• One who has mastered Aasan siddhi (postures) or who can sit in a particular posture for long time is called siddha. yogi. The place where a siddha yogi takes seat transforms into simhasan (superhuman magnificence of the teerthankar; a throne made of crystal; the teerthankars delivers the sermons by sitting on it). One of the Jain Acharyas has written - one who does not have command over aasanas does not have the knowledge of Jain Metaphysics. Aasan siddhi is essential. To do aasan is one thing and mastering them is a completely different aspect. In the present context, spiritual explanation of simhasan is - one who has supreme command over aasan.
  • One of the atishay is - Ashok Tree. How does misery exist in the state of eradication of moha (delusion)? Shok (misery) is the form of moha. Ashok (happiness, absence of misery) extemporaneously comes into existence where there is eradication of moha. Where there is no moha there is no shok. From a spiritual outlook occurrence of Ashok Tree is possible only in the moment of eradication of moha.
  • Another atishay is - Shvetchanvar (white fly whisk). It can be said that poet has used white flywhisk to represent the shukla leshya of Lord. Where there is Shukla leshya or flow of pure emotions there is only whiteness and complete absence of animosity.
  • Next atishay is - Chhatra (three-tier canopy). If the awakened souls have completely stopped the influx of karmas i.e. state of samvar, then why will the canopy not appear? For them the canopy is not just a 3-tiered one but the entire world becomes their canopy.

The one, who praises you, establishes oneness with a Veetaraag like you; becomes free from fear.

These internal qualities that have depicted symbolically are from a pragmatic standpoint. From the transcendental standpoint, these qualities -aasan siddhi, Shukla leshya, amoha and samvar can be illustrated as specific features of spiritual yogi. Vibhooti (divinity) such as Ashok tree, canopy, flywhisk and throne are symbols of those specific features. People can see symbols that are external, but do not see the internal mastery of specific qualities. However, Acharya Maantung has used metaphors and symbols to interpret his view, but we shouldn't limit ourselves with those symbols alone. We should try to reach out for the deeper essence of spirituality that lies behind those symbols. Only then the depth and feelings of author can be fully comprehended.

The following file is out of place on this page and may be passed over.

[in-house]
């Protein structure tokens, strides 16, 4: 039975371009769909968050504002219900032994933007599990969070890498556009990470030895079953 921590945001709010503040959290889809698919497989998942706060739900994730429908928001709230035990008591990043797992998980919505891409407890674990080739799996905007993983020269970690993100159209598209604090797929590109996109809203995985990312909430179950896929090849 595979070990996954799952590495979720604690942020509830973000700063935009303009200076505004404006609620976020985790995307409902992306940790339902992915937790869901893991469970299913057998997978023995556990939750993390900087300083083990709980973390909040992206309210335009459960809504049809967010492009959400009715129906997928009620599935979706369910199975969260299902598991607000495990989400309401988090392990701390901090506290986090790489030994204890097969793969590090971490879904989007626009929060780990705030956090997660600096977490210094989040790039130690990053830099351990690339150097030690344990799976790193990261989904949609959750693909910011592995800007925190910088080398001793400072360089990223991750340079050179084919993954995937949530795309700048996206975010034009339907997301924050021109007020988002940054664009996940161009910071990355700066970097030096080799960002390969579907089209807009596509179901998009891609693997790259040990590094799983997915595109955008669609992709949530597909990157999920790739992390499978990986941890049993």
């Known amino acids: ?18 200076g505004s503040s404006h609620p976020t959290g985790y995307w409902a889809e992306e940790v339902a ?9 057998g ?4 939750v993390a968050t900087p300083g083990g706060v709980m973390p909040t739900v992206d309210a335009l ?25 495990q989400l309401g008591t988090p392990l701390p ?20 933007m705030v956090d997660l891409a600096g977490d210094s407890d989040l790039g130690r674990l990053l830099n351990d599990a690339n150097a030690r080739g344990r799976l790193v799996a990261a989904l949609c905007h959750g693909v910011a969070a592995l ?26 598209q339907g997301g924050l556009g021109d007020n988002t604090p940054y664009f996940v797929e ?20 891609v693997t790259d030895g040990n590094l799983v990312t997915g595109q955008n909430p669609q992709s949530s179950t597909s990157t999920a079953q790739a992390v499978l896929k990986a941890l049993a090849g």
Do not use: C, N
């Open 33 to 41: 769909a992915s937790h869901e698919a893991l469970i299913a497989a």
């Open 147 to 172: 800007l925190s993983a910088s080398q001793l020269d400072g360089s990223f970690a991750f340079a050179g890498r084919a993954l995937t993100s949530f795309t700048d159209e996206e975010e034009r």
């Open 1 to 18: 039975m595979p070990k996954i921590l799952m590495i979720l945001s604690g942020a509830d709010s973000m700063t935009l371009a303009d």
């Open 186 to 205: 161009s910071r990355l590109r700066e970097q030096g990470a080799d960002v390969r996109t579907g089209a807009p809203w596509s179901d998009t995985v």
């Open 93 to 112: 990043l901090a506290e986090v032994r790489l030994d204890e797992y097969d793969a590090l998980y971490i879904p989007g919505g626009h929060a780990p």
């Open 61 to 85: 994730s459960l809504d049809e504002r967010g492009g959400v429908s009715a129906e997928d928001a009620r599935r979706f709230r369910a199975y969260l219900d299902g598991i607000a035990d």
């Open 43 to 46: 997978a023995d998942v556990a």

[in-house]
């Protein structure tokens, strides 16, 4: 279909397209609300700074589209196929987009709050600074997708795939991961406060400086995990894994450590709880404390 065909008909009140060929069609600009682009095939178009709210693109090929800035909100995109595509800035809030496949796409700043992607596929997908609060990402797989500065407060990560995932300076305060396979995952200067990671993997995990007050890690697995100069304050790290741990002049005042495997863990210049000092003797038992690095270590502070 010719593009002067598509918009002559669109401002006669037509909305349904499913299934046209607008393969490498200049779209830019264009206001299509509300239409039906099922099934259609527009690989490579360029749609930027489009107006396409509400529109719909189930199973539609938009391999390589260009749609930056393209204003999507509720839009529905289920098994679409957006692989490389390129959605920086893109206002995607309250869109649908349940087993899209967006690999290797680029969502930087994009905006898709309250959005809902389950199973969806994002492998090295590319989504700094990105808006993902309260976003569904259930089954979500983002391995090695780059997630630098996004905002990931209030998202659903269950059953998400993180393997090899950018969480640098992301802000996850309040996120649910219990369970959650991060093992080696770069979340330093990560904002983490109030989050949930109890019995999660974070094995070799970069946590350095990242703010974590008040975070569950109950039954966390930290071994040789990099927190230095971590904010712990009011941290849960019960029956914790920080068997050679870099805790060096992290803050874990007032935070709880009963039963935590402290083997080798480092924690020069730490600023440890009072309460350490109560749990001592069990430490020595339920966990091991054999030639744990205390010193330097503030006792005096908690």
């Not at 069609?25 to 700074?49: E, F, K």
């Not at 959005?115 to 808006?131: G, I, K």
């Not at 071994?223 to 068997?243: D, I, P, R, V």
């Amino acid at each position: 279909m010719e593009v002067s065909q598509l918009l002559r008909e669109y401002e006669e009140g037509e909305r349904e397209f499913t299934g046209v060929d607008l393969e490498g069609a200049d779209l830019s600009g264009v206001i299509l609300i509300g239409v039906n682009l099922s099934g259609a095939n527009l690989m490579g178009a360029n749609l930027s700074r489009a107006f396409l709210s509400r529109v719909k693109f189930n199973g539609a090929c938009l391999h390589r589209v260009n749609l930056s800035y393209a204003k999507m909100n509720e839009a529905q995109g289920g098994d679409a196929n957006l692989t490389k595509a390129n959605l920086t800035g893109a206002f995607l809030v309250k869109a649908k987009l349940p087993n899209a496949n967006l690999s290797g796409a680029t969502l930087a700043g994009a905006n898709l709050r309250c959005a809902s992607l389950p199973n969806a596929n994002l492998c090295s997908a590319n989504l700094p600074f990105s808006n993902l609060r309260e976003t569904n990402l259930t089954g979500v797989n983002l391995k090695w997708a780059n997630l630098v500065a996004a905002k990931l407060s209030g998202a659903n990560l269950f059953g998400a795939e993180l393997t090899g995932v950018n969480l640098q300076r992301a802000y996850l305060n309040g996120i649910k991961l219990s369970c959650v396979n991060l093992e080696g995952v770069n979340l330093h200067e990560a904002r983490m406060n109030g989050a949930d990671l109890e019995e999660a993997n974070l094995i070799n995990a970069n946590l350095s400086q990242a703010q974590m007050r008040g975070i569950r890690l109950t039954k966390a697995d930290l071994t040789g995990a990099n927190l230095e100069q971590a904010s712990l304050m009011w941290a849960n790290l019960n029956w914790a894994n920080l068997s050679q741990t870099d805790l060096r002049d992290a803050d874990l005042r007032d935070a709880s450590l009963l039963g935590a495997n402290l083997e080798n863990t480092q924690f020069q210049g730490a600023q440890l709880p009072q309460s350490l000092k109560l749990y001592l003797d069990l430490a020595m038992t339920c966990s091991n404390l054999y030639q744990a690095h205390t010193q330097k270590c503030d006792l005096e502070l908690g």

A New Dimension of Stuti

After the illustration of Atishaya, Acharya Maantung gave a new dimension to stuti. 'Fearlessness' became the subject of stuti. He says -'The one who praises you establishes oneness with a Veetarag like you; becomes free from fear.' There are many kinds of fear. A poet keeps in his mind the peripheral facts while composing his literary work.'

Losing the Fear of Elephants

In those days elephants caused fear. Today with urbanization the situation is different. However, people who live in dense forest of
Vindhaychal, Assam, Karnataka, etc. do face the fear of elephants.

Once a monk took a foot journey to Assam. While passing through the town, people warned him, "Sadhviji! Do not take this path; this jungle is full of elephants." Sadhvi Mohanaji (Rajgarh) continued to cross the jungle barefoot. While passing through the jungle a big elephant confronted her. She did not stir from her place and stood fearless. The elephant and Sadhviji both stared at each other. Sadhviji started to chant the Namaskar Mahamantra. The vibration of the mantra reached the elephant as a result of which it changed its path. Sadhviji moved ahead without any hurdles.

Importance of Elephant

Nowadays, elephants are confined to jungles and sanctuaries. However, in olden times elephants posed the biggest threat to towns. Kings took pride in owning powerful elephants. There are instances where Rajhasti (king's elephant) became frenzied because of mada, a liquid that oozes out of the elephant's temples. The elephants would break free from its chains and cause destruction in the town. There would be chaos everywhere. Whoever came in its path was crushed. Frightened, people closed the doors of their houses and fled to the terrace. It was very difficult to control and pacify those terrified elephants.

Kings were in a dilemma whether to keep elephants or not. Elephants assured great level of security to their kingdom and were critical. Only elephants had the capability to break the high walls and iron gates of the castles and forts surrounding the town. They could use their collective power to break down the large iron gates and walls surrounding the enemy's forts.

There were four types of army- Gaja-sena (elephantry corps),Ashwa- sena (cavalry crops), Rath-sena (chariot crops) and padaati-sena (infantry corps). Among these, elephantry was considered the most powerful. Just as in modern days tankers are always in the front line, similarly, then elephants were used as the front line. Elephants were as important then as tankers are today. In fact, you could consider elephants as living tankers compared to modern lifeless tankers made of matter. For a common man living in this modern age it is difficult to comprehend the importance of elephants in the army.